I am writing from Creighton University, Omaha, NE, where the 59th meeting of the College Theology Society is being held. We received word that Bernard Cooke died peacefully early this morning. He would have been 91 today. I did not know Cooke but, like many other Catholic theologians and lay people, I found his writing important for my own work and my own understanding of the Catholic tradition.
Cooke’s understanding of marriage as a sacrament of friendship has been particularly significant for me. Cooke worried that pre-Vatican II sacramental theology led Catholics to think that when people receive a sacrament, they are to able make special withdrawals from the bank of grace. This notion was not very convincing, as not all Catholics seemed to have extra help when they needed it most. It also didn’t come close to capturing the richness of the Catholic sacramental tradition.
Instead, Cooke claims, the primary sacrament is God’s love. Not just in the context of sacramental rituals, but everywhere, all the time, God continually extends love to all human beings. We experience this love primarily in human friendship, when we love others and are loved by them.
In marriage, couples are grace to each other, to their children, and to everyone around them. Love is the most profound human experience. We experience love in friendship, and marriage is the ultimate friendship, wherein God communicates God’s self to us through the love of others. This is the sacrament, the grace of God’s love poured out on us through those who love us.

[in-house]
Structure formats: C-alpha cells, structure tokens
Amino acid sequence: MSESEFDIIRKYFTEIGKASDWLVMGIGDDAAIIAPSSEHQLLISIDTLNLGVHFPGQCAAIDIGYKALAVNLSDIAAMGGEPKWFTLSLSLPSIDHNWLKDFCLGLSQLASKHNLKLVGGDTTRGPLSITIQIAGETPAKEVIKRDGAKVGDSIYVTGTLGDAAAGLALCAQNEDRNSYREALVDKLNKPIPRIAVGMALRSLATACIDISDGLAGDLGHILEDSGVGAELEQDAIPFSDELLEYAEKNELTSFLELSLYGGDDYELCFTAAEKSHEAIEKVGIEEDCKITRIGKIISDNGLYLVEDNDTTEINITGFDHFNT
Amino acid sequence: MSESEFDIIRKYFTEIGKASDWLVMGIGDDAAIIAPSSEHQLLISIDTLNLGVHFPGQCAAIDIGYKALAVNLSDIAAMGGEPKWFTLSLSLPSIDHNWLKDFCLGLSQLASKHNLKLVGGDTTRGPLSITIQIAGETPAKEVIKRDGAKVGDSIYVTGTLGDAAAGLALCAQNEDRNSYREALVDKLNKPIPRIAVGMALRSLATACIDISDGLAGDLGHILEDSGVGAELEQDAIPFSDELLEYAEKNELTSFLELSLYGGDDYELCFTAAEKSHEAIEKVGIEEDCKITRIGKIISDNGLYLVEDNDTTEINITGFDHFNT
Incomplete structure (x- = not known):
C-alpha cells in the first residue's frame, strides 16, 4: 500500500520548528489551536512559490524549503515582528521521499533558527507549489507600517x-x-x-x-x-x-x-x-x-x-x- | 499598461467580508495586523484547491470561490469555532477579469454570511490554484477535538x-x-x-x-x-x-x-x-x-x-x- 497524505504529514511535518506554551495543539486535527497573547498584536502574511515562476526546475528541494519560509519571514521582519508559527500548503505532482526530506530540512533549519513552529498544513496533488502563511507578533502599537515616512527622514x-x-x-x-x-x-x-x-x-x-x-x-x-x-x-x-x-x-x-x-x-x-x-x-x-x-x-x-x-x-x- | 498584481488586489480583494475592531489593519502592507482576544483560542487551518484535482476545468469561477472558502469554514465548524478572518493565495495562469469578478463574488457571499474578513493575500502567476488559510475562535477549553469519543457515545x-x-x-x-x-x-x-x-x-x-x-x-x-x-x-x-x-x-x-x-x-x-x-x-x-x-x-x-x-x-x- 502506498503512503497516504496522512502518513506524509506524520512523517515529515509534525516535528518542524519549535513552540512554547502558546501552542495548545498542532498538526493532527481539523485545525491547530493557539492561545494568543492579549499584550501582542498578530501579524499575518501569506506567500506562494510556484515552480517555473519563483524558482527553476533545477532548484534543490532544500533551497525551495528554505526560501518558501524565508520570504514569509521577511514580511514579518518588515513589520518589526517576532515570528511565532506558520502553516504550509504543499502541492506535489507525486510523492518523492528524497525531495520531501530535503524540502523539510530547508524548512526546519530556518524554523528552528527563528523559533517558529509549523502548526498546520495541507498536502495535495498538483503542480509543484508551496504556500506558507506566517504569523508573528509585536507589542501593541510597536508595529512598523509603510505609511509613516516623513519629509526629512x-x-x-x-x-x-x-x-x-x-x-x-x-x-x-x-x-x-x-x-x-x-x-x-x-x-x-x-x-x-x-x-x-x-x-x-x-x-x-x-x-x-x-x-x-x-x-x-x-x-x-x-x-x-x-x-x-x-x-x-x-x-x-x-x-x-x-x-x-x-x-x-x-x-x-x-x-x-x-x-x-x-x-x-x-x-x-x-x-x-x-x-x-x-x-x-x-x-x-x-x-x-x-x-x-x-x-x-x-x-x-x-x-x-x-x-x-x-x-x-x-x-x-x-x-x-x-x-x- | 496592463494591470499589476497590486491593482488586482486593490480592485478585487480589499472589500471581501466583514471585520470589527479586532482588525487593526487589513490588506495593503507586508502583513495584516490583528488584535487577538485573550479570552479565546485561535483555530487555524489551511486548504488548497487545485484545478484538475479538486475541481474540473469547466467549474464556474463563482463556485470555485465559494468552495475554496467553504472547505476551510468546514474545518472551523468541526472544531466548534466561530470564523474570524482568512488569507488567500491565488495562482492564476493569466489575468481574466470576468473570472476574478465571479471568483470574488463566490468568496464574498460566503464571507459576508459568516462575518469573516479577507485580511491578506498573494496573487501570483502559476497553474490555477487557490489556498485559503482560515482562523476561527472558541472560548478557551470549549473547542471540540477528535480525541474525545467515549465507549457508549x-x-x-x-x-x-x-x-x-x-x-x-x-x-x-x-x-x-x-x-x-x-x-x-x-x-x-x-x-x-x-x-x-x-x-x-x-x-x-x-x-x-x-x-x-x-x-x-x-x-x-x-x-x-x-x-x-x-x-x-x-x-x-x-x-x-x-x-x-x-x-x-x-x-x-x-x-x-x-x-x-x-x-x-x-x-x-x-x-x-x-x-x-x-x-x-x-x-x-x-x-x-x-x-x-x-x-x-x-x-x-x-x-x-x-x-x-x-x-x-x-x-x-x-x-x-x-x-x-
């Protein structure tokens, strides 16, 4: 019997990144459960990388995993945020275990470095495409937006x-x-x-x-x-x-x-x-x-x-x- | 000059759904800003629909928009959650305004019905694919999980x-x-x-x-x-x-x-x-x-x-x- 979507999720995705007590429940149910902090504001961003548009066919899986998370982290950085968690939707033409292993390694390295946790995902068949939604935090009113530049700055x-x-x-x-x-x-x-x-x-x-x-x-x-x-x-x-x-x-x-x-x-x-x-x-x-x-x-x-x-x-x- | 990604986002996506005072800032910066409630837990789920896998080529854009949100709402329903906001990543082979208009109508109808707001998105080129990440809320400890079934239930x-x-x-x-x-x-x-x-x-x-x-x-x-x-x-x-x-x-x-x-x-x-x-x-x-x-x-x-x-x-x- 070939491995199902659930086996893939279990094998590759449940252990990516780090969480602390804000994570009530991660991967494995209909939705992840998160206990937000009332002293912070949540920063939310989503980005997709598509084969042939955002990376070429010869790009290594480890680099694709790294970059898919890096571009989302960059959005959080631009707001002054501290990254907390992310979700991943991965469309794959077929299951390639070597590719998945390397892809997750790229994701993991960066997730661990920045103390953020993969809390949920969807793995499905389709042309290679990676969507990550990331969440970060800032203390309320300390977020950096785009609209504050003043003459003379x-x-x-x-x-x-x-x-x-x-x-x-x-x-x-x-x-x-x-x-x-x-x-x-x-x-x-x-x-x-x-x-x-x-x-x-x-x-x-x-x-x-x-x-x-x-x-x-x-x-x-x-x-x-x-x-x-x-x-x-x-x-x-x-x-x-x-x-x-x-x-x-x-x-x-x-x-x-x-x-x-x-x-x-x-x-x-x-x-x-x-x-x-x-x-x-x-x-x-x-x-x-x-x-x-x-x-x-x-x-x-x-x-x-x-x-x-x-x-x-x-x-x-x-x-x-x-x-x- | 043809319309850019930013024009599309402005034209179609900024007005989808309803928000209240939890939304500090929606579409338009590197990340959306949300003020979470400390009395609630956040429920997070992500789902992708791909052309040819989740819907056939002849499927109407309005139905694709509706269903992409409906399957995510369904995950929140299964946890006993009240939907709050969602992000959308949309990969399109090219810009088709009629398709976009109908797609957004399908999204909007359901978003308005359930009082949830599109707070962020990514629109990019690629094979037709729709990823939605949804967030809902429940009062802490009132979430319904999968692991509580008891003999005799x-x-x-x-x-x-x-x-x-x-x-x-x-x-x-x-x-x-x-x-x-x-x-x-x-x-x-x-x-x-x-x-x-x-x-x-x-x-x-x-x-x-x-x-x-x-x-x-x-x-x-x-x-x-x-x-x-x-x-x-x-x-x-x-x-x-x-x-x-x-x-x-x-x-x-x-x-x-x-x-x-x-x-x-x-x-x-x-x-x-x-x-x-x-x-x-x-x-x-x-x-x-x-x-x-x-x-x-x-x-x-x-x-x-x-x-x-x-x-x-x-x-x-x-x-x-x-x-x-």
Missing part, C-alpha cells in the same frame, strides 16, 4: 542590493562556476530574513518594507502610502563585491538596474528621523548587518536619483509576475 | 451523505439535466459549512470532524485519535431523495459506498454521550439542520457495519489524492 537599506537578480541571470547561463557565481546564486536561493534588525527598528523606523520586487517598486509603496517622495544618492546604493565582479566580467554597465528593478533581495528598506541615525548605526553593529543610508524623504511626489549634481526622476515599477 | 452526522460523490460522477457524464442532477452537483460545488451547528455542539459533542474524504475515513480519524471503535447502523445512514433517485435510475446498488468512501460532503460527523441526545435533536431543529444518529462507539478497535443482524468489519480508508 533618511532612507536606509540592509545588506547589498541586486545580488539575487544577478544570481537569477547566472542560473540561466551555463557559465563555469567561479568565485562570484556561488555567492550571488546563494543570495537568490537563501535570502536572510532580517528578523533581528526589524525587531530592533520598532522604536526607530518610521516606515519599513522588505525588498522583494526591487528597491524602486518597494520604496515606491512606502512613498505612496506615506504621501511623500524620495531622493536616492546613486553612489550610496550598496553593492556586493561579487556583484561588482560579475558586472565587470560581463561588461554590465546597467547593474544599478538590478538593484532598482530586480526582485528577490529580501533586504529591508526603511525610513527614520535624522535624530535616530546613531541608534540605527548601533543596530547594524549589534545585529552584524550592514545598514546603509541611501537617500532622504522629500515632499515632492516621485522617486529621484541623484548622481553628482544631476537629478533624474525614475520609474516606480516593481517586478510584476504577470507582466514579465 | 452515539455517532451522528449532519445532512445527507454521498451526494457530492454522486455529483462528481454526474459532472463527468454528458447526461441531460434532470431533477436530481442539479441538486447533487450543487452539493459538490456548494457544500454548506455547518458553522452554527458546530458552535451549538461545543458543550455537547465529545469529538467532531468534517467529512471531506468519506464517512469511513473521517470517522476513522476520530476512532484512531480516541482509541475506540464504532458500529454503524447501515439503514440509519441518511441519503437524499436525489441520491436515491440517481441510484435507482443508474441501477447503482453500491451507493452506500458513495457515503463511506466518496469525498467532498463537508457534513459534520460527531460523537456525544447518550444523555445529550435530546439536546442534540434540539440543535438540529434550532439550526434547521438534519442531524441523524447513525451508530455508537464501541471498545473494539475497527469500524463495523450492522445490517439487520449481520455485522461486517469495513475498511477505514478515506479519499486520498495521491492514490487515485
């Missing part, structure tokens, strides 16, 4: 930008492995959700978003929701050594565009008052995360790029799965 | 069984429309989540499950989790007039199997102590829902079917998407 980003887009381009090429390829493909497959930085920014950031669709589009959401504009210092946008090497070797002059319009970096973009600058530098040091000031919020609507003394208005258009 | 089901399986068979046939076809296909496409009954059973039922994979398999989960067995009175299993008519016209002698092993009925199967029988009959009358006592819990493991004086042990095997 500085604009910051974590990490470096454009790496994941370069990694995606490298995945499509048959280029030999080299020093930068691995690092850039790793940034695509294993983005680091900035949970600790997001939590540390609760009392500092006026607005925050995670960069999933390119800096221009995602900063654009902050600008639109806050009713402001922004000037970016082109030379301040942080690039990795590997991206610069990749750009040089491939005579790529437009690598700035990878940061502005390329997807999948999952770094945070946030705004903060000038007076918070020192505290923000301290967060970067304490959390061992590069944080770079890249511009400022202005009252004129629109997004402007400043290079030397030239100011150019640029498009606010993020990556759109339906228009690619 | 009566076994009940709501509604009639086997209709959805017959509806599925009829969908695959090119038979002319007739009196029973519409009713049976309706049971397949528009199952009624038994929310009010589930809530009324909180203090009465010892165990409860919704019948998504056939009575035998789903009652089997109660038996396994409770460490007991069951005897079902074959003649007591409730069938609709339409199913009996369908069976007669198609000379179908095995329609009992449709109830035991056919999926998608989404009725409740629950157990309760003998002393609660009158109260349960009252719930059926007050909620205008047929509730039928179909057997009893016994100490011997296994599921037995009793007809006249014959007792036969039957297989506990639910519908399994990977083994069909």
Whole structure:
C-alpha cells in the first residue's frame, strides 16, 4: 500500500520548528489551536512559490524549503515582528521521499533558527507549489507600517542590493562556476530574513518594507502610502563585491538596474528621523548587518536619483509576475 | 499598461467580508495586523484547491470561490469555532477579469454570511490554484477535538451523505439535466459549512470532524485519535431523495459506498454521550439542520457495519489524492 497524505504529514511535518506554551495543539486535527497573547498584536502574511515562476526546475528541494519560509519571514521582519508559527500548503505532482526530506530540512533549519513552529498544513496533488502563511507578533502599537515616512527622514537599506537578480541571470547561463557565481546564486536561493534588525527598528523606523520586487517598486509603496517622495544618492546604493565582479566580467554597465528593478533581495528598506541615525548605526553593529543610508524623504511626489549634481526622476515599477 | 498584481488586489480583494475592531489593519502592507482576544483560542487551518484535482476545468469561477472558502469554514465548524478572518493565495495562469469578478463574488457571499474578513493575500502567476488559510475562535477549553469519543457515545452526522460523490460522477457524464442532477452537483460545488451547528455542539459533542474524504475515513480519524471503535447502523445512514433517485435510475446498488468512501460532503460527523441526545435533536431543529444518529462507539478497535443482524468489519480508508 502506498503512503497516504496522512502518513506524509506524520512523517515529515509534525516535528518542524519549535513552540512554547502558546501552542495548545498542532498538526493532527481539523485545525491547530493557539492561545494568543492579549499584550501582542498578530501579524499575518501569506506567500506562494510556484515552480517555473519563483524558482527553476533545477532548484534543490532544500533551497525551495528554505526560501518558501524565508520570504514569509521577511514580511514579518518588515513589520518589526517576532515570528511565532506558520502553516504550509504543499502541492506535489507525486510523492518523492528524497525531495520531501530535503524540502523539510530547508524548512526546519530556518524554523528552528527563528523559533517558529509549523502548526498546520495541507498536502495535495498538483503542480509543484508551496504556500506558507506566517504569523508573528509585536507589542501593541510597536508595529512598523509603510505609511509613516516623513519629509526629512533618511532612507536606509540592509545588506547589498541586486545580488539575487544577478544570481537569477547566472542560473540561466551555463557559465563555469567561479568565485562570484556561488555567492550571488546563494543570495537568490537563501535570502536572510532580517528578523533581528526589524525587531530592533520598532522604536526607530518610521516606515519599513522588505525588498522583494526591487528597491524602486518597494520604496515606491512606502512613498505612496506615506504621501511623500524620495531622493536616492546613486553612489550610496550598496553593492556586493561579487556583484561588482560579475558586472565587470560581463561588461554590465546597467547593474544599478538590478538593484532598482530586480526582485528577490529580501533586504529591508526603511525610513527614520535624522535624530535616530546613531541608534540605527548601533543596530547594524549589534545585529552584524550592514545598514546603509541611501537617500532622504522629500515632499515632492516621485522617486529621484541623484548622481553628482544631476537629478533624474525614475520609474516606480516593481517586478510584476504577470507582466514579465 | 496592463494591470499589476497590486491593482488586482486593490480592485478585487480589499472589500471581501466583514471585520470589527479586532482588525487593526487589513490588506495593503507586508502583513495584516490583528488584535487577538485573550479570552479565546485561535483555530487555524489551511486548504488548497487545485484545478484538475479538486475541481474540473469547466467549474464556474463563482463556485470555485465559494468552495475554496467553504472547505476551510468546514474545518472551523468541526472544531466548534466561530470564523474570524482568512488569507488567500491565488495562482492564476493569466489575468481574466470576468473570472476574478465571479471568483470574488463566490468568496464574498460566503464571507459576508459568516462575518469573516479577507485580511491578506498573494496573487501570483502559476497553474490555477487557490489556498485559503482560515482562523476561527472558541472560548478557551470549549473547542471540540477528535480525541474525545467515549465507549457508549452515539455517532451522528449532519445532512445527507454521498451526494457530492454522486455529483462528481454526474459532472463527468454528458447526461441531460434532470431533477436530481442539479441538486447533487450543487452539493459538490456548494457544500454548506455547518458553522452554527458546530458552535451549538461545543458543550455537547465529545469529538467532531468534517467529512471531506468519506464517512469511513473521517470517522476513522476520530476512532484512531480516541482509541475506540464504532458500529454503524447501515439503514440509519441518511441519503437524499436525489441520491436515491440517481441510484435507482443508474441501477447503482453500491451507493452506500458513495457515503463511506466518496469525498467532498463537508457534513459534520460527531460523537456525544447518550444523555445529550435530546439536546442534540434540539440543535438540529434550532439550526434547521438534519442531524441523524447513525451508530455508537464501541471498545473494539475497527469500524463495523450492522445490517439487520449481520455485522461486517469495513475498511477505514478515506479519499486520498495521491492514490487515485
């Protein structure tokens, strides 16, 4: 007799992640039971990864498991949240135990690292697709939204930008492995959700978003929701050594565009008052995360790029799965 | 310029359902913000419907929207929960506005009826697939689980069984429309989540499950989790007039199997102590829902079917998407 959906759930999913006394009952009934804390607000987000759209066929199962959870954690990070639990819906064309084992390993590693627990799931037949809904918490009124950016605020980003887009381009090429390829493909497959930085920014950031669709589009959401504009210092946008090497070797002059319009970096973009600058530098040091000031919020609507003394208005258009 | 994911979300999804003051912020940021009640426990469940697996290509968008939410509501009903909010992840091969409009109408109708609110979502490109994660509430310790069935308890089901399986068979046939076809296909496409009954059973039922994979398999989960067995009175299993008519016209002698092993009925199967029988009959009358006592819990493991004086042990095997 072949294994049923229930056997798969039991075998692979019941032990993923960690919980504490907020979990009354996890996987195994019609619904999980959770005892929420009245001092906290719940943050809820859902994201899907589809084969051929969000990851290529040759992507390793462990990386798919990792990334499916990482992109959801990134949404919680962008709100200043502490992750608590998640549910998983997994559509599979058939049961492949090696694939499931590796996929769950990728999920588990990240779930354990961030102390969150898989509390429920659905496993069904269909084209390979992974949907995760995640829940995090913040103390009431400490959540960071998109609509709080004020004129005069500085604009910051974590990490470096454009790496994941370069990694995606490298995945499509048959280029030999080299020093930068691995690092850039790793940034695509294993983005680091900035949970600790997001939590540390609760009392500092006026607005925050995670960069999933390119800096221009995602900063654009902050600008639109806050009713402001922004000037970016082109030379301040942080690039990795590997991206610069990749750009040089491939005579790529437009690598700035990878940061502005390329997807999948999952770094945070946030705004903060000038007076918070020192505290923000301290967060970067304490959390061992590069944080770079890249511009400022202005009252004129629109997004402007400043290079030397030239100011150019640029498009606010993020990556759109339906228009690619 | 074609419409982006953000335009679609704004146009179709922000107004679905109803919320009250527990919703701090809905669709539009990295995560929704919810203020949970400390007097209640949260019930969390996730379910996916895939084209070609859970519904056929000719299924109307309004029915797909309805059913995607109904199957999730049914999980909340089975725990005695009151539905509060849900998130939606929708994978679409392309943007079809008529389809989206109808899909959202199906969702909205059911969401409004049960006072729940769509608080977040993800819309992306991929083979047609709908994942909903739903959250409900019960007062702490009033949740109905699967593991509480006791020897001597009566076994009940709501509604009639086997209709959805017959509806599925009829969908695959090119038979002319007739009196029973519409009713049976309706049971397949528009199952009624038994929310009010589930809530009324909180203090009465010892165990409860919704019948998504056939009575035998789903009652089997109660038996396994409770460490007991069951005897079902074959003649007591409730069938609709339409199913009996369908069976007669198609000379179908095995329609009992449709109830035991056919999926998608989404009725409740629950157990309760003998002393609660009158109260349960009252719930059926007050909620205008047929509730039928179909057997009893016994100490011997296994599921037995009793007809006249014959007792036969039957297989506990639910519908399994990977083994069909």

I will always remember a student in my Marriage and Christian Life class who, upon hearing this, said some of the few words he uttered all term. “That is really comforting,” he said slowly, with great sincerity, struck by the idea of a God who was always trying to communicate love.
I was born after the close of the second Vatican council, without the baggage of pre-Vatican II notions of sacrament, but with perhaps a stronger experiential sense of God’s presence than my student. Still, I saw something profound in Cooke’s down-to-earth way of describing sacrament. He gave me a lens through which I see all of love I receive from my husband and three boys, and all of the imperfect love I try to give to them.
I like to say that life doesn’t make sense without theology. Bernard Cooke was one of those theologians who made sense of life for me. I am grateful for his life’s work.
See Bernard Cooke, “Christian Marriage: Basic Sacrament,” in Kieran Scott and Michael Warren, eds., Perspectives on Marriage: A Reader, 2nd ed. (New York: Oxford University Press, 2001).